How to increase our understanding of "the dynamics of human society, and hence our ability to plan for the future"
, August 26, 2015
Alex ("Sandy") Pentland is among the most influential thought leaders in a new field that is called social physics, "a name coined two centuries ago by Auguste Comte, the creator of sociology. His concept was that certain ideas shaped the development of society in a regular manner." He and Lieberman offer a new understanding of human behavior and society, one that has immense implications and significance as social media continue to evolve in ways and to an extent Compte could not possibly imagine.
As Pentland explains, "To understand our new, hyperconnected world we must extend familiar economic and political ideas to include the effects of these millions of digital citizens learning from one another and influencing one another's opinions. We can no longer think of ourselves as only individuals reaching carefully considered opinions; we must include the dynamic social effects that influence our individual decisions and drive economic bubbles, political revolutions, and the Internet economy."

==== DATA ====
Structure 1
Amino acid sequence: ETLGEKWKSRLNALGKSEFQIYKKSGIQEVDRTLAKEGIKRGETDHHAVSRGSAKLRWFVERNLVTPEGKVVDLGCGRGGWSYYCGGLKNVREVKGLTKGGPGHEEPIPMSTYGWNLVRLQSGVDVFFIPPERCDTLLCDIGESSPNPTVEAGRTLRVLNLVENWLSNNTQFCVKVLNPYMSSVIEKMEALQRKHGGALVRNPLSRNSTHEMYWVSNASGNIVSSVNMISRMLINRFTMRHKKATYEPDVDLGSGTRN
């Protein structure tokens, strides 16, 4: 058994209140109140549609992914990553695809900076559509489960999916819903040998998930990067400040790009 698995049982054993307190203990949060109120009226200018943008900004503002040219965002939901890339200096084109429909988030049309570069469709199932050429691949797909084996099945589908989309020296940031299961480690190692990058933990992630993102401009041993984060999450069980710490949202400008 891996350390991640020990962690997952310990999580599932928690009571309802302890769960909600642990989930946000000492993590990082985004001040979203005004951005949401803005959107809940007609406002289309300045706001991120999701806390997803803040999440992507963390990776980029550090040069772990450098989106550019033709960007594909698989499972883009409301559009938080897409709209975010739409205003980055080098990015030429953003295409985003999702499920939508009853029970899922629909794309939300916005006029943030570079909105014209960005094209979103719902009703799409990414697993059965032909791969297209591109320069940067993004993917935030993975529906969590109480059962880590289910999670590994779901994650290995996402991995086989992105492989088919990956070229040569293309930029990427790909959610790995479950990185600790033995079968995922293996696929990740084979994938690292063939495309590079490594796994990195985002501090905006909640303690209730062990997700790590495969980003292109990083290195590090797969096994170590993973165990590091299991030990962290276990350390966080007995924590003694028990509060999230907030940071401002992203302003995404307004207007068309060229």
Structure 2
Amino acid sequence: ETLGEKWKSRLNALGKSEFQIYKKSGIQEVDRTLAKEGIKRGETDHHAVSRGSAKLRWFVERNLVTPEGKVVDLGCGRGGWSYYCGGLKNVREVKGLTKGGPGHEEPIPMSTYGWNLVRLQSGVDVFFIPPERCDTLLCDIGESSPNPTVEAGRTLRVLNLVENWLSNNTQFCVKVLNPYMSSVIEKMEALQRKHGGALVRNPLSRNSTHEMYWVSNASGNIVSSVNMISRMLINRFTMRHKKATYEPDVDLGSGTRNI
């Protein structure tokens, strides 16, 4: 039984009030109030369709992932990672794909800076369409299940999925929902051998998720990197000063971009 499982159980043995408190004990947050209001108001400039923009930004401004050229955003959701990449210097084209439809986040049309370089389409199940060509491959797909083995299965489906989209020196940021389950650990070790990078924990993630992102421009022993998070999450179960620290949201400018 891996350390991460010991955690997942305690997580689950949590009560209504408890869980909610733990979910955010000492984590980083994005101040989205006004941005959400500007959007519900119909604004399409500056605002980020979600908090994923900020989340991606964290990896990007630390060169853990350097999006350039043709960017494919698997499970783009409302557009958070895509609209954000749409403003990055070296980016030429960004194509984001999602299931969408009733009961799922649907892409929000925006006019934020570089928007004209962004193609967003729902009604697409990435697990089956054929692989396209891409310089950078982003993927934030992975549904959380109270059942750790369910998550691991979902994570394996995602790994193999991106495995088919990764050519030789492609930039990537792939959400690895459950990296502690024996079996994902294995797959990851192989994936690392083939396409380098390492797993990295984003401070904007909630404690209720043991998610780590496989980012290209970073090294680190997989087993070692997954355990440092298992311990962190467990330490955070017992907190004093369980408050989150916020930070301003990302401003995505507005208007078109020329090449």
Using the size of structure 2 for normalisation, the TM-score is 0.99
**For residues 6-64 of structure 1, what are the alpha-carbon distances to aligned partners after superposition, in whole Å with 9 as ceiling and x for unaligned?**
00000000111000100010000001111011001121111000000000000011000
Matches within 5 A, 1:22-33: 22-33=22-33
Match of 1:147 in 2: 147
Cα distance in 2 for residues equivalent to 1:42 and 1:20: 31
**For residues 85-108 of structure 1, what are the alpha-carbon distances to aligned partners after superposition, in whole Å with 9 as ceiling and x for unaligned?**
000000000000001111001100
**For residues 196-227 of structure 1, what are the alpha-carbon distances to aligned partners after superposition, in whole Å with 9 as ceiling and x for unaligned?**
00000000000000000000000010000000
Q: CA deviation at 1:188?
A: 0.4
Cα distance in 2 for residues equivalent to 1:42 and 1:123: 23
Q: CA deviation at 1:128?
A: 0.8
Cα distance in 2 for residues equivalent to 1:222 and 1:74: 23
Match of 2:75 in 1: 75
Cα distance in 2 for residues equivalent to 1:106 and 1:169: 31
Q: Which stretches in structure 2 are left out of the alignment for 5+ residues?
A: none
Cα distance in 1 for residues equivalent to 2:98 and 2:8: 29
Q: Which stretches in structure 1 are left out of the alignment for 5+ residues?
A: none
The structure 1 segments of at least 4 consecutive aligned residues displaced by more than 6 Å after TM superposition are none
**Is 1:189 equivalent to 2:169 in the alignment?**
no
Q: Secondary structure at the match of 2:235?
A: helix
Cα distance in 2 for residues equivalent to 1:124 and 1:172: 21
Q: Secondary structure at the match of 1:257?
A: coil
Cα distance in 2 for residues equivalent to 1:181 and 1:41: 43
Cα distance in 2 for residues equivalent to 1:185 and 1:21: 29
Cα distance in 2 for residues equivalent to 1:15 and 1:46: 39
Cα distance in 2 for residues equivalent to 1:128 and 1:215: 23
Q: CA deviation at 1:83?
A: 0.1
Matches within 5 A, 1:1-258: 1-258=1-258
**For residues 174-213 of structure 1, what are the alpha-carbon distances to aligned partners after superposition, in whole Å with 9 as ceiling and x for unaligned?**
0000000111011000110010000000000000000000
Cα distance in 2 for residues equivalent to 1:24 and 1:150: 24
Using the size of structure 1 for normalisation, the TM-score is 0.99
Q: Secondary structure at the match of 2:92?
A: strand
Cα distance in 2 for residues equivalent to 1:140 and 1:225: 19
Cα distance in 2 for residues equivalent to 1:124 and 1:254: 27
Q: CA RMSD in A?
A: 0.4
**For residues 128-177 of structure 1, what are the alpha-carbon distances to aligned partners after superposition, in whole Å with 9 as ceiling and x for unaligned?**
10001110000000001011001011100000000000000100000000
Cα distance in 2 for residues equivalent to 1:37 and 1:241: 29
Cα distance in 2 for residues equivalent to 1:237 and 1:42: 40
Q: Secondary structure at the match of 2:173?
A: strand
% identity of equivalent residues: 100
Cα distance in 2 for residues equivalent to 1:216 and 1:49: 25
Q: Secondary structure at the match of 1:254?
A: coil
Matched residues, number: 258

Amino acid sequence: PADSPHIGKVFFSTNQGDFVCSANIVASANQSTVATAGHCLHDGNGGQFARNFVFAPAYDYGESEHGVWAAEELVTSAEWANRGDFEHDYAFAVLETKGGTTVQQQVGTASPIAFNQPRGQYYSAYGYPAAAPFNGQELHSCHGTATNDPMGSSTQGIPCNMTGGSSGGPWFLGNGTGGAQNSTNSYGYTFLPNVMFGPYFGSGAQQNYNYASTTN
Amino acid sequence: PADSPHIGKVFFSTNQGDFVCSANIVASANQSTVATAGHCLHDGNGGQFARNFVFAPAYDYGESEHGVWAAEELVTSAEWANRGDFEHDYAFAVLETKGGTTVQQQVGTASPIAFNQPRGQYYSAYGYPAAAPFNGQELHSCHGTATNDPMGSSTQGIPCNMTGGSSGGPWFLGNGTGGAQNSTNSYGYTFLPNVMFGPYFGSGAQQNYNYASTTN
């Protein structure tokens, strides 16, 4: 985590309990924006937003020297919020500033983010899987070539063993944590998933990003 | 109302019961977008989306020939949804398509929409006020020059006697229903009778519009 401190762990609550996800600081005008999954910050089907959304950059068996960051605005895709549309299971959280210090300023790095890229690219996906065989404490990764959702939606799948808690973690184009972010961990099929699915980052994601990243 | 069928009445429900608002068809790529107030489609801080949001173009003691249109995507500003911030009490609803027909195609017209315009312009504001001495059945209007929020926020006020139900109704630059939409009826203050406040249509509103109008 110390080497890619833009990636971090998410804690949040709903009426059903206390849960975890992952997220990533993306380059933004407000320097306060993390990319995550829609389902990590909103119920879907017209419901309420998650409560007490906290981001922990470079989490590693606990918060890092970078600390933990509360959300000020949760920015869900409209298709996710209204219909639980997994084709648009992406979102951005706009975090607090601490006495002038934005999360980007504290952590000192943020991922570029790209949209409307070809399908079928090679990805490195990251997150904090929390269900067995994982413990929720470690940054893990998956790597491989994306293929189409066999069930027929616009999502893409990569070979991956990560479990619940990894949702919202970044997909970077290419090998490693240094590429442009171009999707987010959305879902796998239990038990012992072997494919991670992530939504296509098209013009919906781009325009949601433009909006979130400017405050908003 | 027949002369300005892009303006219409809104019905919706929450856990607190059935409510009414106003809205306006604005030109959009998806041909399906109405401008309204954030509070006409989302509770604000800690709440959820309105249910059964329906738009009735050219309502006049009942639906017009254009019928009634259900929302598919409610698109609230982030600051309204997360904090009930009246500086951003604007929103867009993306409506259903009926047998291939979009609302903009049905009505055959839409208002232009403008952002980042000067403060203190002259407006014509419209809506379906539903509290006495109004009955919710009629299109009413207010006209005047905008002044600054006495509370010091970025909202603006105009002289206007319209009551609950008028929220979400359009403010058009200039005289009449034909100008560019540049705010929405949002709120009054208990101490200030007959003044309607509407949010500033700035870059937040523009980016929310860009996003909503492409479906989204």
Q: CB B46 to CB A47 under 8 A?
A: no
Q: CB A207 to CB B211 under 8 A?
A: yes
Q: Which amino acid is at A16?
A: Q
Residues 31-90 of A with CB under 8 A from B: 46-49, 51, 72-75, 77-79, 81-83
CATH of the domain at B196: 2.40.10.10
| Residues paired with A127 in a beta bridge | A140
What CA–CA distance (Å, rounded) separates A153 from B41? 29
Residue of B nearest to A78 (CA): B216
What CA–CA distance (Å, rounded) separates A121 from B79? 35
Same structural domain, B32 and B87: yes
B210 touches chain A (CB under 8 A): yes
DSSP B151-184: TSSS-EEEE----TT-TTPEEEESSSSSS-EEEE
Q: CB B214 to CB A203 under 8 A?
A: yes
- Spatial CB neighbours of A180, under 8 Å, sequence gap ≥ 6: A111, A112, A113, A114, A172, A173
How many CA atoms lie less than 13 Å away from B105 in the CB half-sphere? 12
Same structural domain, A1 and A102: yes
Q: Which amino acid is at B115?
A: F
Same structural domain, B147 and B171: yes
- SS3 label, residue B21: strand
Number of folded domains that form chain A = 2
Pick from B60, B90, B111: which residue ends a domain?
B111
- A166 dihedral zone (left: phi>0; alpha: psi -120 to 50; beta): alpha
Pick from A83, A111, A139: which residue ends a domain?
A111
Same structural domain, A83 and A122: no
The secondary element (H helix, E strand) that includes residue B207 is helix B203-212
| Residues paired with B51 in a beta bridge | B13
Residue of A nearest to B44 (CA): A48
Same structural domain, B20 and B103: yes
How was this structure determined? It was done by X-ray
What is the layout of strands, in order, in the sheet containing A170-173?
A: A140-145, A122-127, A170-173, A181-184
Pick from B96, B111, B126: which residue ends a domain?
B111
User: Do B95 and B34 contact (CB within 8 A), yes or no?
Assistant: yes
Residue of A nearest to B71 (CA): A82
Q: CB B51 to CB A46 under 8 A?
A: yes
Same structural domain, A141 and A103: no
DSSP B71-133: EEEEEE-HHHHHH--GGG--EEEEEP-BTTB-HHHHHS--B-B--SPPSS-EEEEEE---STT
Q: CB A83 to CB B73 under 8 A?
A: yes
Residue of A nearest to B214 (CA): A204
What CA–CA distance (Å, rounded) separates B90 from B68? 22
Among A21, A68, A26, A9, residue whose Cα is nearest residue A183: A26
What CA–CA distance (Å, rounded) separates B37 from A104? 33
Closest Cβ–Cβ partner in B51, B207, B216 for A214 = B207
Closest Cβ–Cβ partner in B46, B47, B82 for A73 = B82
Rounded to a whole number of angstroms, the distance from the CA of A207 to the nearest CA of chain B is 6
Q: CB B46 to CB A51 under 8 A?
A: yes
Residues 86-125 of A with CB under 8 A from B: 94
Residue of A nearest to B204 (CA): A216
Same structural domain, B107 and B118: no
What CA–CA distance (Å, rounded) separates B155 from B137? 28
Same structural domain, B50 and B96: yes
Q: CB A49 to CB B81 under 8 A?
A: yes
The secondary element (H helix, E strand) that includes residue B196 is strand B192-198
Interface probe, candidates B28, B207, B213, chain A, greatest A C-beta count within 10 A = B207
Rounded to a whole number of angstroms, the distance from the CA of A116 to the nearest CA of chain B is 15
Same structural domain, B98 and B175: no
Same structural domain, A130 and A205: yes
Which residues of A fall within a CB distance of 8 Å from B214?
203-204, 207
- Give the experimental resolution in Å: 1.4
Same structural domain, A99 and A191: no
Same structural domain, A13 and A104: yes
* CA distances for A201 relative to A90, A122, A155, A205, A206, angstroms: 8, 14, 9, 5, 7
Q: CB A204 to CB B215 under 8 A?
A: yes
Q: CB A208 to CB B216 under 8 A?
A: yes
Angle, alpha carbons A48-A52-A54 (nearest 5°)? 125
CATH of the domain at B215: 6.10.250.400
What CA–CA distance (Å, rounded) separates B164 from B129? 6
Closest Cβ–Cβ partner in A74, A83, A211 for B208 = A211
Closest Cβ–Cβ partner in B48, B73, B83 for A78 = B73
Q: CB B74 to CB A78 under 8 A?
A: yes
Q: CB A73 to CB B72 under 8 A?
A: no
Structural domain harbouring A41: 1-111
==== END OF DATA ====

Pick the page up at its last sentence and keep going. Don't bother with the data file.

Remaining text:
In Social: Why Our Brains Are Wired to Connect, Matthew D. Lieberman offers his own brilliant examination of the principles of the social brain with a wealth of information and insights, presented with language that non-scientists such as I can understand. His primary purpose is to explain why and how the human brain is wired to think socially. That is, to make connections, to read the minds of others, and to "harmonize" with others in the groups with which we connect.